Buzzcocks: Time's Up 12" (new)
Exciting Reissue of Punk Pioneers' First Ever Recorded Music, Preceding the Band's Seminal Debut EP Spiral Scratch!
Domino is proud to be reissuing Buzzcocks' Time's Up, the 1976 album of demos recorded with founder and singer Howard Devoto and originally released as a bootleg.
"It's the buzz, cock." Devoto read this headline from a February 1976 Time Out review of Rock Follies - the 1970's TV musical drama following the ups and downs of the fictional female rock group Little Ladies. Adapting and appropriating it for the new band that he and Pete Shelley had just formed (having just realized what a Sex Pistol was before anyone else), the Buzzcocks were officially born.
Howard and Pete went about organizing the now infamous 1976 Lesser Free Trade Hall gigs that brought punk to the provinces and galvanized the Manchester music revolution. The plan was to simply play support to the Pistols and see what happened next. The rest, as they say, is history!
Featuring the original line-up of Howard Devoto (vocals & songwriter), Pete Shelley (guitar & songwriter), Steve Diggle (bass guitar) and John Maher (drums), Time's Up was recorded at Revolution Studios, Bramhall Lane Stockport on the 18th of October 1976. The session, recording Buzzcocks' live set at the time, cost around $55 and was engineered by Andy MacPherson.
• Exciting re-issue of the punk pioneers' first ever recorded music, preceding the band's seminal debut EP Spiral Scratch - now recognized as one of, if not the, most important records of the punk explosion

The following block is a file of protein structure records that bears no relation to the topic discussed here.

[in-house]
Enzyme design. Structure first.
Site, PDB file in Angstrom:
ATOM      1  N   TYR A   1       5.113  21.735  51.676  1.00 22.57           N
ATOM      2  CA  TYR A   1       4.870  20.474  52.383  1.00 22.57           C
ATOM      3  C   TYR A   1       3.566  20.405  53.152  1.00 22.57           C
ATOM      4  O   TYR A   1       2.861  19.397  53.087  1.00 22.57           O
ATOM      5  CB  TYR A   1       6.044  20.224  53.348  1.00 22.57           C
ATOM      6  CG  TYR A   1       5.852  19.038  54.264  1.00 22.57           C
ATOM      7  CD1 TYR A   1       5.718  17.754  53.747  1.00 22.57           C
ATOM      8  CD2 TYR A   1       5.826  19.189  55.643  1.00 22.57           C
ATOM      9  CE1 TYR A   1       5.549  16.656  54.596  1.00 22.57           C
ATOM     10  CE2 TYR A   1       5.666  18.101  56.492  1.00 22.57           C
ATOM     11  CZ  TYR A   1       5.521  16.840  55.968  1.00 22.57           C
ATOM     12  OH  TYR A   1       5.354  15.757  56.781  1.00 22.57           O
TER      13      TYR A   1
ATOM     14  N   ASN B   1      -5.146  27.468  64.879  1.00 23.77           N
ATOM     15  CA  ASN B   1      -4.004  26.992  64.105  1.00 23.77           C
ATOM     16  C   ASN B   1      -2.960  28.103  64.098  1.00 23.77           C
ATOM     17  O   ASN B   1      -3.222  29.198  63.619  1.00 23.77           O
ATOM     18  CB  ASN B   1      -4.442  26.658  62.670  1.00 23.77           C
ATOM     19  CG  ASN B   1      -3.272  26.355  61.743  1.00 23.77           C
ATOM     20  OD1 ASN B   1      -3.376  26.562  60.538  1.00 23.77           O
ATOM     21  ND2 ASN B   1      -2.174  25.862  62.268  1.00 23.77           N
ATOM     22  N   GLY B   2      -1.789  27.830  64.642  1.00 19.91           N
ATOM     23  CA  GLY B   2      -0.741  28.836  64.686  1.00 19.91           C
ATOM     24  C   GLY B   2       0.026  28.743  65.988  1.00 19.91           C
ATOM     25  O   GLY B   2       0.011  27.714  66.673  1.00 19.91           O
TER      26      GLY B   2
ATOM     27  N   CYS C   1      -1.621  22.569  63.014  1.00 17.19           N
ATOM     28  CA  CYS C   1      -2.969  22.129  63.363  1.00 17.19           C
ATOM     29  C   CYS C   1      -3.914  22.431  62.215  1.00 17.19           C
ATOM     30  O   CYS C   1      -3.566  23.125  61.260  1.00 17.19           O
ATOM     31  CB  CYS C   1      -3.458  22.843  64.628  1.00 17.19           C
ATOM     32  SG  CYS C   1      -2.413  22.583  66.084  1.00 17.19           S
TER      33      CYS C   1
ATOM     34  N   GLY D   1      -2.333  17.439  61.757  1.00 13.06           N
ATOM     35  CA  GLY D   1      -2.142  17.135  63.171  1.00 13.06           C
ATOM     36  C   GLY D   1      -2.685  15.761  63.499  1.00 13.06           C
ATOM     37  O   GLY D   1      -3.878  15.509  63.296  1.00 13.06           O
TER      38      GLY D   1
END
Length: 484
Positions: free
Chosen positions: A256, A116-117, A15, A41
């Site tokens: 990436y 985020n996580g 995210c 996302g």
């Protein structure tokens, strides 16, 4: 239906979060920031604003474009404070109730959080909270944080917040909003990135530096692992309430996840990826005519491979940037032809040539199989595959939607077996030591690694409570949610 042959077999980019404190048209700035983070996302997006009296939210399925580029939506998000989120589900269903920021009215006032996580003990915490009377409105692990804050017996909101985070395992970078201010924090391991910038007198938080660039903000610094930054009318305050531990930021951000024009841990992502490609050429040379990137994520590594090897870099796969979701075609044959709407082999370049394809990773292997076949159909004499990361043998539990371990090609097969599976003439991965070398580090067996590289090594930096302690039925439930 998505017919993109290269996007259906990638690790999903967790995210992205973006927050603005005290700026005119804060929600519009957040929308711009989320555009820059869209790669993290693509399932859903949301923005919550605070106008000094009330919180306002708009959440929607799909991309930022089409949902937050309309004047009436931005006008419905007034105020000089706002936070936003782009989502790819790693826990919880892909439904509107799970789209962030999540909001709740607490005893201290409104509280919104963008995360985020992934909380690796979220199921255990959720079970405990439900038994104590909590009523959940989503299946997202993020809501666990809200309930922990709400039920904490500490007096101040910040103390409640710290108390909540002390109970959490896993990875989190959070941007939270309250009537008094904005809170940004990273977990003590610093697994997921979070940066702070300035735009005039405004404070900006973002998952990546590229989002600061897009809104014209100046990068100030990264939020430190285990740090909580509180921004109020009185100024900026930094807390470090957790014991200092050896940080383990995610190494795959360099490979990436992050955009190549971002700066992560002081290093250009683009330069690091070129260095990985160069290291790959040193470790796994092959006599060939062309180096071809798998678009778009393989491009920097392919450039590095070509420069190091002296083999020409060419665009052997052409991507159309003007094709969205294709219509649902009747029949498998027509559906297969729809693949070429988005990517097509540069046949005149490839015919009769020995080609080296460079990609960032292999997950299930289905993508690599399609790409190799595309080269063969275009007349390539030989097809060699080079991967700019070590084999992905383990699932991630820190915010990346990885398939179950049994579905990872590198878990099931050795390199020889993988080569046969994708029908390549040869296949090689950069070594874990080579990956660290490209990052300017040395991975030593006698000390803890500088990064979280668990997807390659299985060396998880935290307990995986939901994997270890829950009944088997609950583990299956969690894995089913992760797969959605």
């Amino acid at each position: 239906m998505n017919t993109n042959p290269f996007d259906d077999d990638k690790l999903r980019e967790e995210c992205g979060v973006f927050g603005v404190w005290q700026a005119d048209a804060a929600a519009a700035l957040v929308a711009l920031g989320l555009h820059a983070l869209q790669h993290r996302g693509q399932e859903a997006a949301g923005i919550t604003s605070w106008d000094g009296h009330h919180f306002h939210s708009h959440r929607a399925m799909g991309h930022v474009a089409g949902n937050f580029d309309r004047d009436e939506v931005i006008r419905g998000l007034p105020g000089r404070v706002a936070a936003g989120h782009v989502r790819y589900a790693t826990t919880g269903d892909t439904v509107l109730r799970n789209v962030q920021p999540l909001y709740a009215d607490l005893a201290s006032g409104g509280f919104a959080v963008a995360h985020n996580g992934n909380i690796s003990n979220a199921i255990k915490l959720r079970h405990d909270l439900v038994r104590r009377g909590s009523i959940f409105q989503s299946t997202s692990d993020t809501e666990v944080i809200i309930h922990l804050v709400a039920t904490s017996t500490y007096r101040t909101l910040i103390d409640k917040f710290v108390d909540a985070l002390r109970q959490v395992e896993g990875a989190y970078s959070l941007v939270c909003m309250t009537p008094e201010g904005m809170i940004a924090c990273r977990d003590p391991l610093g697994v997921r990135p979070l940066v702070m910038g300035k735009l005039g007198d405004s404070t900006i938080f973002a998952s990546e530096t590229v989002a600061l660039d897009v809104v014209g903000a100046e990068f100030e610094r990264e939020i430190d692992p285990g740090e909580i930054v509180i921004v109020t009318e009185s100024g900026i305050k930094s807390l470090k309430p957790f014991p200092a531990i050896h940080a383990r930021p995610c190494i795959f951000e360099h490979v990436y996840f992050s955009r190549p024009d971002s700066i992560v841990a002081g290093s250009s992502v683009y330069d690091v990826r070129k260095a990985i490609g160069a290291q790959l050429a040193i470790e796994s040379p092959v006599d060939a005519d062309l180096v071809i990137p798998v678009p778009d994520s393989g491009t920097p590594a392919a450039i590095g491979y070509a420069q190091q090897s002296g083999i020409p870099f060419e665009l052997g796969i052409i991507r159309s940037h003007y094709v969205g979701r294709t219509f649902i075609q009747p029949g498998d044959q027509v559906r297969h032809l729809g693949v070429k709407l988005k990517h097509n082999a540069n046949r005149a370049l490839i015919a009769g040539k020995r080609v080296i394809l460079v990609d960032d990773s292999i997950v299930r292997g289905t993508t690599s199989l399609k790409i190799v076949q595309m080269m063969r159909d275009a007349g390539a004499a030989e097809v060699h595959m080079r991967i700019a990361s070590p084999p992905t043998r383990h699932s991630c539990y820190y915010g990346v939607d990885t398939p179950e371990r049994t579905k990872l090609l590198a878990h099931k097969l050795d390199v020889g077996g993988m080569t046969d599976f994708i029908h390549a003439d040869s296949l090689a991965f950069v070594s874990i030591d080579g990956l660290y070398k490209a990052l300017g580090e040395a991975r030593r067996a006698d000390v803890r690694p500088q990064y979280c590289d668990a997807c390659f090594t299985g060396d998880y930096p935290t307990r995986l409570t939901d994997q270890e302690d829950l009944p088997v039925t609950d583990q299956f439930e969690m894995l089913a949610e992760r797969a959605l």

• LP is pressed on 180g vinyl, comes with printed inner sleeve and MP3 download
Our take: I’m kind of surprised by how many Buzzcocks fans out there don’t actually know that the material collected on this LP exists. Of course everyone knows that the band’s debut EP, Spiral Scratch, featured a different lineup with Steve Diggle on bass rather than guitar and Howard Devoto rather than Pete Shelley on vocals, but few people seem to know that before they entered the studio to record the four songs on Spiral Scratch the Buzzcocks recorded this 11-song session, live on a 4-track with no overdubs. I was lucky enough to stumble upon Mute Records’ reissue of this material from 2000 when it came out, and it’s been a favorite ever since. All four tracks from Spiral Scratch appear here in earlier (though, honestly, not substantially different) versions, but the real treat is all of the other songs. You get a few tracks, like “Love Battery,” “Orgasm Addict,” and “You Tear Me Up,” that were re-recorded with the post-Devoto lineup for the band’s debut single and LP. I strongly prefer these versions with Devoto on vocals… as much as I love that album, the versions on there sound a bit tentative and even tepid by comparison, and Devoto’s vocals are better suited to these songs. A few other tracks would pop up further down the road. Magazine would also cover Captain Beefheart’s “I Love You, You Big Dummy” (though, again, I strongly prefer this version) and a version of “Lester Sands” would pop up on the Buzzcocks’ highly underrated self-titled record from 2003. And then there are some tracks that wouldn’t appear anywhere else, like a cover of the Troggs’ “I Can’t Control Myself” that is straight fire (ending in a cathartic noise jam) and a track called “Don’t Mess Me Round.” The recording, for all of its purported rawness, sounds fantastic to my ears, with that great analog 4-track drum sound that I’m pretty sure I’ll never get tired of hearing. And of course the band is a very different one than the polished pop band that would emerge very quickly after Devoto left the band. They’re snottier and more aggressive, having more in common sonically with the Germs than even contemporaries like the Sex Pistols or the Damned. Obviously this recording is of the highest historical importance—it’s essentially the sound of DIY punk being born right before your very ears—but it’s more than just a historical curiosity… if you love punk rock you will spin this record into the ground. Highest recommendation.